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New Zealand: US-led Pacific free trade pact inked by 12 countries

5th Feb 2016
New Zealand: US-led Pacific free trade pact inked by 12 countries

By P Prem Kumar

 

KUALA LUMPUR (AA) – Trade ministers from 12 countries have inked a controversial United States-led regional trade agreement in New Zealand, paving the path for freer movement of goods and services between the member economies.

The Trans-Pacific Partnership (TPP) agreement, which drew heavy criticism in Malaysia and other participating countries in response to sensitive chapters, was signed Thursday in downtown Auckland.

The trade ministers held a morning meeting at the Skycity Convention Centre, followed by a cultural performance before the signing ceremony, according to The Star Online.

The agreement is expected to be ratified by each country’s legislature over the next two years.

In addition to the U.S., New Zealand and Malaysia, member countries include Japan, Mexico, Canada, Australia, Chile, Singapore, Peru, Vietnam and Brunei — which together account for more than 40 percent of the world’s gross domestic product.

The TPP is expected to open up a market with a population of 800 million and a gross domestic product worth $27.5 trillion for mutual benefit of the countries participating in the pact.

Negotiations on the agreement were completed in the U.S. city of Atlanta in early October. The TPP has been a source of criticism from many quarters within and outside the 12 member countries.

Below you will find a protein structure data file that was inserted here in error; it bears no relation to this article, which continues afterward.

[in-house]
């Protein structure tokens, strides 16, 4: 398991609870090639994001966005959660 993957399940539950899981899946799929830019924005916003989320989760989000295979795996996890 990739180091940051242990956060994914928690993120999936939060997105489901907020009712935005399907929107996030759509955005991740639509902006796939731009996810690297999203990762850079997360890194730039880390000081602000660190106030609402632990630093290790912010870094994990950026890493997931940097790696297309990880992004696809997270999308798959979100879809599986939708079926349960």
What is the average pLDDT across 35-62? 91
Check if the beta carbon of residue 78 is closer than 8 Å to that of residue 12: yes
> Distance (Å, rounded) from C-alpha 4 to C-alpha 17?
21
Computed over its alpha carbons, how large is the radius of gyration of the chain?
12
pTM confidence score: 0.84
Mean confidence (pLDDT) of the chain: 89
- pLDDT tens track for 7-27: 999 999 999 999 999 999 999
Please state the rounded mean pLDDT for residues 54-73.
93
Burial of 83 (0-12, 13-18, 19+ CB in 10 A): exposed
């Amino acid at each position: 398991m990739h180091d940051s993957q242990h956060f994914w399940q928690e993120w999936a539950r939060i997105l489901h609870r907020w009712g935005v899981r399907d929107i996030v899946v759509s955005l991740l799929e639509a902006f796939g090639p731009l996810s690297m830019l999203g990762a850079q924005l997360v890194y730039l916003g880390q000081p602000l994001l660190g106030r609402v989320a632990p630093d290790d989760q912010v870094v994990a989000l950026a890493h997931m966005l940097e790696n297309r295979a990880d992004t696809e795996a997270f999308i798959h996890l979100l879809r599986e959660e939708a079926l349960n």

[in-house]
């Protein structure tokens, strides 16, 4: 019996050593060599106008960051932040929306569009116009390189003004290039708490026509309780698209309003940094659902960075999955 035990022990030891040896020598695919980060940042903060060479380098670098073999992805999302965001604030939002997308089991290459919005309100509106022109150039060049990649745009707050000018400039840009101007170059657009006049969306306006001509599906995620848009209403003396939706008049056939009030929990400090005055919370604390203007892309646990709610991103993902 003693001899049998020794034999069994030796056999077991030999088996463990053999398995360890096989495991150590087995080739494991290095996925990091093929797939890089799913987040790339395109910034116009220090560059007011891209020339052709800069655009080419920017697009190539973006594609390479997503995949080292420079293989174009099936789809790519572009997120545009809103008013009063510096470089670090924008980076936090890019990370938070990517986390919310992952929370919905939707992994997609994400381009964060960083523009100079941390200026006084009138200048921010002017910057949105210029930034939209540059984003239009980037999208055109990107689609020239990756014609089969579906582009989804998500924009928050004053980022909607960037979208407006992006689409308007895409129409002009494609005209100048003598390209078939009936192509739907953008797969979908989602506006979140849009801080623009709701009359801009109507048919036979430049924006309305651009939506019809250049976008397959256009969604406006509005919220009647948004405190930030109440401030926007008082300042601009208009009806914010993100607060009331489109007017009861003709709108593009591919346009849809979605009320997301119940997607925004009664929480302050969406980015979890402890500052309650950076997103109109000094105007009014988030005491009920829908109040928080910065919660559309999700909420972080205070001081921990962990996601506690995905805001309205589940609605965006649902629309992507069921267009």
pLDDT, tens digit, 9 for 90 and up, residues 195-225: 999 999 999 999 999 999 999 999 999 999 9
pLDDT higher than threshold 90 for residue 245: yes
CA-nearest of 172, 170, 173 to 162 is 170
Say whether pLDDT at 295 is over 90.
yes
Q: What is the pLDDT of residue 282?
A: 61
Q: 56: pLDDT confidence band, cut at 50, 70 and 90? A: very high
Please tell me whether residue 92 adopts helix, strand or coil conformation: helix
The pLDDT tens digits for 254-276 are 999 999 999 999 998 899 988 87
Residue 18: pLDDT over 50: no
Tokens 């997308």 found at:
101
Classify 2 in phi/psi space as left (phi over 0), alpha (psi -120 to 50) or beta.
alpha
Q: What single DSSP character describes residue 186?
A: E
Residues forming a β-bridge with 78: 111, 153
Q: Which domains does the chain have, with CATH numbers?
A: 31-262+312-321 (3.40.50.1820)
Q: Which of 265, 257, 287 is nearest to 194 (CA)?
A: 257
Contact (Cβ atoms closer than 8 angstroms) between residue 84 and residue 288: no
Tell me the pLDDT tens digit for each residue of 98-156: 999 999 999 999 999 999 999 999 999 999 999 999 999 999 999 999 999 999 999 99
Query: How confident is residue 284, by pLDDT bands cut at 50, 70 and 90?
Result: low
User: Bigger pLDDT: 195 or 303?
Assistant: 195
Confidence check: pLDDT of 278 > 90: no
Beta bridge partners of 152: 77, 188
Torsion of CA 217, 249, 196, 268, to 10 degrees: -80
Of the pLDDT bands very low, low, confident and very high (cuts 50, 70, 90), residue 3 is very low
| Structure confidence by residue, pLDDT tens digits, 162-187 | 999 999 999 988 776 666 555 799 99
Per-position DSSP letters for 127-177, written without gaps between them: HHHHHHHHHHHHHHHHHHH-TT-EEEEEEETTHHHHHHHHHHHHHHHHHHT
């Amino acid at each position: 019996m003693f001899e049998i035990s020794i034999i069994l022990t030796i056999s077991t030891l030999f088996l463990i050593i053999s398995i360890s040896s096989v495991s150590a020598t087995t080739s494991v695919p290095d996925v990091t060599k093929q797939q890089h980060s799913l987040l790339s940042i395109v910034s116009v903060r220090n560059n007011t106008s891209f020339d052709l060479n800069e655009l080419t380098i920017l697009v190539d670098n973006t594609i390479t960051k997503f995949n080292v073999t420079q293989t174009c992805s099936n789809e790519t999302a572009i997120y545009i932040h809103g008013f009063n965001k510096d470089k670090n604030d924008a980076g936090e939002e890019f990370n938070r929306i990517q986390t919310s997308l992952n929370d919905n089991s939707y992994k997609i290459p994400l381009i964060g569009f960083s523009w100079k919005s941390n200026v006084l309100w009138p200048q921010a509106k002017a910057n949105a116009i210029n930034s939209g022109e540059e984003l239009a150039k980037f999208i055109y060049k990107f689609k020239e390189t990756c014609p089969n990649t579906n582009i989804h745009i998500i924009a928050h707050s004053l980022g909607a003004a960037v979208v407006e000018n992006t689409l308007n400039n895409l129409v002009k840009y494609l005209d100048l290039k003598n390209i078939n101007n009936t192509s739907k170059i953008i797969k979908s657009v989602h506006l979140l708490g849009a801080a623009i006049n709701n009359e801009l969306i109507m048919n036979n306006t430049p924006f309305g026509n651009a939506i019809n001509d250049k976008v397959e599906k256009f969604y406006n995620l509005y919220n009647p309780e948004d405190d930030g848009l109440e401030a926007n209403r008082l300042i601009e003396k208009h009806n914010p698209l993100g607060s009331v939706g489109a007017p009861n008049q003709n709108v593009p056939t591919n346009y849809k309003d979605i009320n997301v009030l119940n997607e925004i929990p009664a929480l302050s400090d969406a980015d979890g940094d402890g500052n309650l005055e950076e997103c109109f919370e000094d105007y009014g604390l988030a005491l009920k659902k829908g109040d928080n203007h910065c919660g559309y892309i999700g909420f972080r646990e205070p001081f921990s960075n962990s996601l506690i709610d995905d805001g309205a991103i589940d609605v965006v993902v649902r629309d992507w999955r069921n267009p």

Concern has especially been expressed about the law amendments needed in the countries involved to accommodate the standards stated in the pact, particularly in the areas of investor state dispute settlement, or ISDS, government procurement, the business potential of local small and medium enterprises and patents for biologics, which would determine drug prices upon the TPP’s ratification.

In Malaysia, major concerns have revolved around ISDS, government procurement and Bumiputera special rights — privileges granted to ethnic Malays who are considered economically weaker than the minority ethnic Chinese.

 

 

[Photo:Demonstrators participate in a protest against the signing of the Trans-Pacific Partnership (TPP), in Lima, Peru, on February 4, 2016.

Photographer: Sebastian Castañeda/AA]

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